When asked how a small business can avoid getting sued, attorney Mitzi Martin of Franklin says: "You'd have to write a book, not a blog!"
There are a million and one different legal issues a small business could face ranging from breach-of-contract actions to environmental compliance issues to labor and employment challenges. Who has the time (or paper) to write (or read) a book covering all that? So we settled on a more specific topic for the purposes of this blog: The top 5 mistakes small business owners make giving rise to employee legal claims.
Martin and Joe Pettygrove are partners in the Indianapolis office of Faegre Baker Daniels, a multi-national law firm with roots in central Indiana dating back to 1863. They regularly counsel business owners on the full range of labor and employment laws (not to mention “practical human resources” issues tied up with the legal issues) and understand that starting or maintaining a new business is a time consuming adventure.
Recognizing that you can’t possibly educate yourself on every legal consideration, here are mistakes that they observe – particularly from smaller business owners – and some tips for you to steer clear of them:
Misclassifying Your Employees As “Exempt”.
Think simply paying someone a “salary” or having them supervise “two people” makes them exempt from overtime? Think it’s just common sense that your secretary falls under the “administrative” exemption? Think again. Though popular misconceptions abound, there are very specific legal tests that must be met before classifying and paying employees as exempt. The vast majority of employees don’t meet those tests, and the penalties (2x the unpaid amount) for unpaid overtime can add up quickly. Take a careful, individualized look; don’t assume!
For much more information, click here for the fact sheets from the U.S. Department of Labor’s Wage and Hour Division.
Diving Into Conversations About Employee Medical Conditions, Relying On Your Gut, Heart, “Common Sense”.
When it comes to work restrictions, illnesses, related time off, and the like, the old adage, “No good deed goes unpunished,” repeatedly rings true. Granting “accommodations” without a carefully thought out plan (and good documentation) leads to inconsistencies, miscommunications, and a variety of legal claims. Similarly, denying employees’ requests for assistance – even when you know in your heart that they’re ridiculous – can create liability if you don’t do the proper homework or botch the delivery of your response. Learn the legal definitions of terms like “reasonable,” “accommodate,” and “undue burden” before you even think about saying or writing them – they may not mean what you think!
The U.S. Equal Employment Opportunity Commission has published enforcement guidelines on their website. Click here to view it.
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Failing To Rigorously Monitor And Enforce The Right Rules For Clocking In And Out For Meal And Rest Breaks.
Do your workers eat their lunch at/near their work stations? Do they come in before start time and then hang out rather than work? Do employees and supervisors know that an interrupted lunch break must be treated as a paid lunch break? Do your supervisors know that rest breaks of 20 or fewer minutes and lunch breaks of fewer than 30 minutes must be paid? Make sure everyone is trained to prevent even “well-intentioned” working off the clock. The “wages of sin” are high for failure to pay properly. The U.S. Department of Labor’s fact sheet on timekeeping and the relevant federal laws regarding rest and meal breaks are worth reviewing.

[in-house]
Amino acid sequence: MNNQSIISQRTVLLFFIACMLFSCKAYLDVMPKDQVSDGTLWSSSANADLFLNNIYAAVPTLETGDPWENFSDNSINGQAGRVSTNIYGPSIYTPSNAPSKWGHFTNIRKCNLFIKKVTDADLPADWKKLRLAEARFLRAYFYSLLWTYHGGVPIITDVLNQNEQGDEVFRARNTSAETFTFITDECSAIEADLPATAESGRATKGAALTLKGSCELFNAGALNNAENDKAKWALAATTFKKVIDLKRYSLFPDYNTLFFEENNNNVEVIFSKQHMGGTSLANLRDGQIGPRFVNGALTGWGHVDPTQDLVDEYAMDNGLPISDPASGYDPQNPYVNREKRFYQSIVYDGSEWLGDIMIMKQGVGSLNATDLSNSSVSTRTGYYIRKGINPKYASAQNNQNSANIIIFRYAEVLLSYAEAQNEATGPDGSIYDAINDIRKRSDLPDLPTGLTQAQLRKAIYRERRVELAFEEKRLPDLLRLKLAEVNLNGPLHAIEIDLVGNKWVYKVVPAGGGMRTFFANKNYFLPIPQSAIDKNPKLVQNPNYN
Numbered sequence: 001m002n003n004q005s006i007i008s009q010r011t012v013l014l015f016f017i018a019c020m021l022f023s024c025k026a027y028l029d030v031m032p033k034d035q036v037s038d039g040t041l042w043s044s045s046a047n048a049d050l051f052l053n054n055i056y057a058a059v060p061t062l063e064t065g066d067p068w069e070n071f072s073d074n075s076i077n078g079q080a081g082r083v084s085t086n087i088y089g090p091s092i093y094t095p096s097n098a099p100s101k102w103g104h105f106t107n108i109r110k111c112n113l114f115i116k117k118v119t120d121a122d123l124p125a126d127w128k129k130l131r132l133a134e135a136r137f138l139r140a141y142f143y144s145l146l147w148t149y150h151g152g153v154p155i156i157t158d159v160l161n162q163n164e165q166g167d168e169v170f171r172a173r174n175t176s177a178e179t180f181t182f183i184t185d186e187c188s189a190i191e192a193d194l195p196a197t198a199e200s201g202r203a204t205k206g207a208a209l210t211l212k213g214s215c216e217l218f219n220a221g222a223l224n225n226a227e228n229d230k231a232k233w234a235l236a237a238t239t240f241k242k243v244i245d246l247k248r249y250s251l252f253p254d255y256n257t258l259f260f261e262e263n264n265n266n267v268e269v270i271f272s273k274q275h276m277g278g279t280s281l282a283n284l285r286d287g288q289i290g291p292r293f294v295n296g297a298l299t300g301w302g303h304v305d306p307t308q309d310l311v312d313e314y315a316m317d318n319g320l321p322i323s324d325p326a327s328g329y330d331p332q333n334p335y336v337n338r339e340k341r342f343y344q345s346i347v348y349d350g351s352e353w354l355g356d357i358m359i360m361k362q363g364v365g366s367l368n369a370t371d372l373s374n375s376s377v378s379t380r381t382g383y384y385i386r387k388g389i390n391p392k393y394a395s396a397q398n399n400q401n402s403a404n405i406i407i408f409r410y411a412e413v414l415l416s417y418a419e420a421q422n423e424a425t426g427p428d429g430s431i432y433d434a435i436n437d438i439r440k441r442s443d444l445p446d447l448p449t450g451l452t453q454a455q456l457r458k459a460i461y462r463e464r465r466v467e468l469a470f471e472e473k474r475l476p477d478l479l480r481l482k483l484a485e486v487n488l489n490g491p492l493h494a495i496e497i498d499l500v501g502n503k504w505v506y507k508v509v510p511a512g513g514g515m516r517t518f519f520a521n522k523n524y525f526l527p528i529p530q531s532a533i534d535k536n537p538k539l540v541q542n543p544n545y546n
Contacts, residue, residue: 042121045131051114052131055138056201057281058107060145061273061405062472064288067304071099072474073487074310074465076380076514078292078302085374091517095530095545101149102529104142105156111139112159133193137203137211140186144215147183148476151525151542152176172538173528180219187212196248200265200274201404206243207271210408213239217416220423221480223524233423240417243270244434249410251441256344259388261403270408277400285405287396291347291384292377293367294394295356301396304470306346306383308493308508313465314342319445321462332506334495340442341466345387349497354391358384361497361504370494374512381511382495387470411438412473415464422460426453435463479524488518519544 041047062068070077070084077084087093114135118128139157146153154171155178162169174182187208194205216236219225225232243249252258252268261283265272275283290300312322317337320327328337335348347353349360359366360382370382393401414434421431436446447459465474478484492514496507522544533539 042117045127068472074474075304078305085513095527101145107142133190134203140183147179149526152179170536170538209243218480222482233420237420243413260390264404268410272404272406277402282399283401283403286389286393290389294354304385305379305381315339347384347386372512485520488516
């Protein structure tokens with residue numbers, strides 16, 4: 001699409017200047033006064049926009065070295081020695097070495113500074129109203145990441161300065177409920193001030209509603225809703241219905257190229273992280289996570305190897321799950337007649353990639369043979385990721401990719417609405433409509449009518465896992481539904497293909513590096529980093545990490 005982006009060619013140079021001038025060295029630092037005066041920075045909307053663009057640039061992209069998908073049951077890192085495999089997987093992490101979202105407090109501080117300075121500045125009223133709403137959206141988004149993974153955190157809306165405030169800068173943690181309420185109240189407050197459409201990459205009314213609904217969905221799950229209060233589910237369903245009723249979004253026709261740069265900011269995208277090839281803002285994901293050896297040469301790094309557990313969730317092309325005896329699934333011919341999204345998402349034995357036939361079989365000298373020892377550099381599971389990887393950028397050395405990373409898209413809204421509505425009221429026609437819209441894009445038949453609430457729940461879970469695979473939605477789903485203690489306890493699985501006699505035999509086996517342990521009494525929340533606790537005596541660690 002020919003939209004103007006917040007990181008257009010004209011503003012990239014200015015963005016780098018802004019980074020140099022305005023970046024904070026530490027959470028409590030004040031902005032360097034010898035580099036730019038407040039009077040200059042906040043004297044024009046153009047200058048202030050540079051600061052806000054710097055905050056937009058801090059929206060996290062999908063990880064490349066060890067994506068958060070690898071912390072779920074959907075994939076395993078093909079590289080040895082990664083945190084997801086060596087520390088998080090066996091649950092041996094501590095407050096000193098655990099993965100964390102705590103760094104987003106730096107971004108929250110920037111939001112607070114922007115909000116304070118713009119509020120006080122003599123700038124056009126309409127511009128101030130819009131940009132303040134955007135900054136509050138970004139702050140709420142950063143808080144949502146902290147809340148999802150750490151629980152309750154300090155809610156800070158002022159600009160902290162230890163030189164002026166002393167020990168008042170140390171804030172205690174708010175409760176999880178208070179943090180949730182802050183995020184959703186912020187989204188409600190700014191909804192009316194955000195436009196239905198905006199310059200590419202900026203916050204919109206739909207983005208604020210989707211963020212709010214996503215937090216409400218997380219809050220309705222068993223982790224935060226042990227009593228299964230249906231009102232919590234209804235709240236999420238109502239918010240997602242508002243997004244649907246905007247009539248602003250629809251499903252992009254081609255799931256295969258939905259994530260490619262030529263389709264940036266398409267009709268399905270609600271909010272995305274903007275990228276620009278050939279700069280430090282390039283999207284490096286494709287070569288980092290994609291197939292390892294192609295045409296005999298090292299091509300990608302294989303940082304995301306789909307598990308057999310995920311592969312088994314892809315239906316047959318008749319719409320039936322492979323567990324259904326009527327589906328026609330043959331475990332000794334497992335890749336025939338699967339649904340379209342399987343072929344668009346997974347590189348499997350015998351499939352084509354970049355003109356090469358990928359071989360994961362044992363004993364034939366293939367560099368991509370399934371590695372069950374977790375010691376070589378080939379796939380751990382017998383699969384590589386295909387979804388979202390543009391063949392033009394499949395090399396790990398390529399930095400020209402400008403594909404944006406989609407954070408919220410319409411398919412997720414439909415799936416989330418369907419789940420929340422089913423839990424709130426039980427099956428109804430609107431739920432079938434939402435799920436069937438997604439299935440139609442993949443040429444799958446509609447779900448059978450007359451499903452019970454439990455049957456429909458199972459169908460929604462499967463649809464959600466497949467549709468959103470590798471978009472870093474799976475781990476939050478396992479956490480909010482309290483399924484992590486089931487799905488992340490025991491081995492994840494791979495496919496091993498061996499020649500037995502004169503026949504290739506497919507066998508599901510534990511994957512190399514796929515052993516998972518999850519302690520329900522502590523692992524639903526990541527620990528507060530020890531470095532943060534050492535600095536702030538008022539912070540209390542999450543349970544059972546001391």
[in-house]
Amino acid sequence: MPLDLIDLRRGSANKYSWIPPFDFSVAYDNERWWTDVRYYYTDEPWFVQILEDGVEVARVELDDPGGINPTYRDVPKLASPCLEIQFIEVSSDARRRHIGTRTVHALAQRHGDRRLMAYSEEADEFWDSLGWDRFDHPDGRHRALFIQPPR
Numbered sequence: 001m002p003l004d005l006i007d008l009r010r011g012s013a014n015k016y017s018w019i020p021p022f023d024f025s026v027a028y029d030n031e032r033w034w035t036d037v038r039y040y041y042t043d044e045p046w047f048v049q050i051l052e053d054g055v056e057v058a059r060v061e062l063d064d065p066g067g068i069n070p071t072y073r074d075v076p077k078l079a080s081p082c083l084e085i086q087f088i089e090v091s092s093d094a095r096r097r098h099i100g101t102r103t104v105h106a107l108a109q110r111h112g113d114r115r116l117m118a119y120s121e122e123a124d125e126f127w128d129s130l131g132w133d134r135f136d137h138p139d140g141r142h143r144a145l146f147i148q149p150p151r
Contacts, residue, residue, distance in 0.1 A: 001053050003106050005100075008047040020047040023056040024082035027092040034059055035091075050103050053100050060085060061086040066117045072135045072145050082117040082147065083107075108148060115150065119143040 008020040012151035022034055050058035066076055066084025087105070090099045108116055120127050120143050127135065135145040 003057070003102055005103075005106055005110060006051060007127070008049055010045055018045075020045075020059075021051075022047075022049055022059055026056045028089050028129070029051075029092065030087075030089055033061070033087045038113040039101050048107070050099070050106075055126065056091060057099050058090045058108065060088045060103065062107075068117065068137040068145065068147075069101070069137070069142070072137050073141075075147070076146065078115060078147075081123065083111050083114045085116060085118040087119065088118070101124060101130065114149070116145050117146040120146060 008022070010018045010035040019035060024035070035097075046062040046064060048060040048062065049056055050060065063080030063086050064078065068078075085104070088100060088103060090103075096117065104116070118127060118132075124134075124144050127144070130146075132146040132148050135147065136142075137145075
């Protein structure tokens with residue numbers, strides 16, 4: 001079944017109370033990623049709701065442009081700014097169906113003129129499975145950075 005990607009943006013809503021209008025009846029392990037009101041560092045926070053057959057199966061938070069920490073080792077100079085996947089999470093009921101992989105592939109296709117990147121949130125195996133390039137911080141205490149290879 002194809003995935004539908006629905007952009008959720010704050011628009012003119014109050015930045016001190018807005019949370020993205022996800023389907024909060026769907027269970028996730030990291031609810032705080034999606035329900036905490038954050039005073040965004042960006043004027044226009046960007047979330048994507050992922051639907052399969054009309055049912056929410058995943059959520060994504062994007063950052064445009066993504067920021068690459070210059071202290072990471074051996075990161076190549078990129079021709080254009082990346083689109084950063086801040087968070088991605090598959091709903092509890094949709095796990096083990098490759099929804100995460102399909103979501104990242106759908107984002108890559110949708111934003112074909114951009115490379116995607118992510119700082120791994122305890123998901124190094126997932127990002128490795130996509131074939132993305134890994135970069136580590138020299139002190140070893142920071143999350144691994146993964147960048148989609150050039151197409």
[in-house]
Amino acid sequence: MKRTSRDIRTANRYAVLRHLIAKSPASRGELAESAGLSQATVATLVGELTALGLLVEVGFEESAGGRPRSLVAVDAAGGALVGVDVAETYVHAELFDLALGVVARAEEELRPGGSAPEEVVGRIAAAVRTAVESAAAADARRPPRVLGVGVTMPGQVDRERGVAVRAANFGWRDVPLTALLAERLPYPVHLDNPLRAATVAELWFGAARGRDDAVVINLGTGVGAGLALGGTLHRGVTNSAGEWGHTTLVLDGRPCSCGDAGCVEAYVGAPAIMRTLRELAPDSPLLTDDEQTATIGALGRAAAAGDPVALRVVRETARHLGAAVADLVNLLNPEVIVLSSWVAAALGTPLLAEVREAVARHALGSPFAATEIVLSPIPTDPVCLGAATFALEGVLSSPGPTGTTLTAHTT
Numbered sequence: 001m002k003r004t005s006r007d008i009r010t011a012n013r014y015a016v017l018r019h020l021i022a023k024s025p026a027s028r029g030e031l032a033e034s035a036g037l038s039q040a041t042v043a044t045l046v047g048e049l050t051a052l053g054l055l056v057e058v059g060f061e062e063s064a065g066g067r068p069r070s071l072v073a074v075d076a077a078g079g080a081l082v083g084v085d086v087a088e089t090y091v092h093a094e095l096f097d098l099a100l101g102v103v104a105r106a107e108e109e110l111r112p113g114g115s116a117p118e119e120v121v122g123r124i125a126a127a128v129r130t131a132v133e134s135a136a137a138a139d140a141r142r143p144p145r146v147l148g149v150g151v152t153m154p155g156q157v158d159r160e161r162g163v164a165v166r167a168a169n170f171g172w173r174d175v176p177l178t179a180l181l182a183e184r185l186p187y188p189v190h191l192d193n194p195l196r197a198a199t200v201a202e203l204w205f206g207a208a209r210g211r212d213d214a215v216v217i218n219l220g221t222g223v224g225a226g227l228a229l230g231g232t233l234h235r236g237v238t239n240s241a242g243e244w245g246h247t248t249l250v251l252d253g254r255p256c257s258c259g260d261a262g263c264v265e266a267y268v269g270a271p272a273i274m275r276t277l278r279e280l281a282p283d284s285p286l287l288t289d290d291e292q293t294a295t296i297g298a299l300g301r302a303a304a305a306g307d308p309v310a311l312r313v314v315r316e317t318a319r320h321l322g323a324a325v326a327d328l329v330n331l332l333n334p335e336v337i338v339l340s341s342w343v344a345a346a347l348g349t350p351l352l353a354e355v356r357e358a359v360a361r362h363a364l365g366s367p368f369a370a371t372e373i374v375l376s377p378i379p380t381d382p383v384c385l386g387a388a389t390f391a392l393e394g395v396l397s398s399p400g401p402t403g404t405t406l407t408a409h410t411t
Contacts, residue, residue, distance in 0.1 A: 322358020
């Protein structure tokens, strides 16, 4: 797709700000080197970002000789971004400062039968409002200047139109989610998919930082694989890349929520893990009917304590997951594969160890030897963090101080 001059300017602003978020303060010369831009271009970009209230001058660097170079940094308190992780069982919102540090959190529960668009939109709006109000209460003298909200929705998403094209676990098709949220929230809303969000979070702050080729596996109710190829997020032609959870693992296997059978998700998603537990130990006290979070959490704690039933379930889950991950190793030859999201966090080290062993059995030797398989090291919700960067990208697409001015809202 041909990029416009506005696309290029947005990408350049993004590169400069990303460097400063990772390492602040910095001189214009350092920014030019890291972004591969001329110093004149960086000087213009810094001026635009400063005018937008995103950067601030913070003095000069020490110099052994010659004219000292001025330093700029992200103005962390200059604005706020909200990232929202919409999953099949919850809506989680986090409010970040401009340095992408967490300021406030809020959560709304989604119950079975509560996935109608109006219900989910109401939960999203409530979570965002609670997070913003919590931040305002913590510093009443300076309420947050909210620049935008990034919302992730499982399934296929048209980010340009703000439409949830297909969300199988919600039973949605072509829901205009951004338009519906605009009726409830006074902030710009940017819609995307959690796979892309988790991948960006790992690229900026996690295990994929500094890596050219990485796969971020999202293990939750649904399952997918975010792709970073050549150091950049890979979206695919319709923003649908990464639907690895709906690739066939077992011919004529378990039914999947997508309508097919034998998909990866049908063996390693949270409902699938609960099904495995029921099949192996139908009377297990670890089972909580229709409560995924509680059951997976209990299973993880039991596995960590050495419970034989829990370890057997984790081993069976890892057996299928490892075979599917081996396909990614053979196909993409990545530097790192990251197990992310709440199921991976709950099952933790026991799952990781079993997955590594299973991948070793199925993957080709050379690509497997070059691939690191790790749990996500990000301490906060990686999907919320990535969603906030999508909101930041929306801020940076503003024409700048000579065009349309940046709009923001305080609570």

Treating Workers As “Independent Contractors” Simply Because You Pay Them “Via 1099” Or Have Them Sign A “Contractor Agreement”.
Simply paying a worker “with a 1099” does not make them an independent contractor. Nor does having them sign the most densely-drafted acknowledgment that they are an independent contractor. But doing these things can and often does expose businesses to significant misclassification liability. True independent contractor status is quite difficult to prove for most government agencies and courts, and the tax and other consequences of mistaken classification can be significant. Thoroughly consider all the alternative types of employment arrangements, and – if you must go with contractor status – structure the work and the relationship the right way.
Ignoring Workplace Comments And Behavior That Is Sexually/Racially/Ethnically Tinged.
Many employers – particularly those who pride themselves on a “family-like” work environment – are too quick to chalk up inappropriate conduct as “just having fun,” “simple teasing,” or “horseplay.” In reality, they are turning a blind eye to situations that result in hostile work environment claims. Have a comprehensive and robust policy governing workplace behavior, train employees on the policy, and enforce it. “Just having fun” isn’t fun at all when you’re explaining it to a judge or jury (and it brings down productivity to boot).
Are you breaking out in a cold sweat yet? No worries. These situations are what lawyers like Mitzi and Joe are for!
Remember, “Talk is cheap” until you must talk to a lawyer after you’re in trouble. So, consult your lawyer before you get into hot water to steer clear of legal pitfalls and save your organization money, time, and emotional distress. An ounce of prevention can be worth a pound of cure. Talk with qualified labor and employment counsel if you think you have any of the above situations brewing, or you want to make sure you have the knowledge and processes in place to prevent them.
Monica Harvey is a Community Relations Specialist with the Johnson County Public Library.
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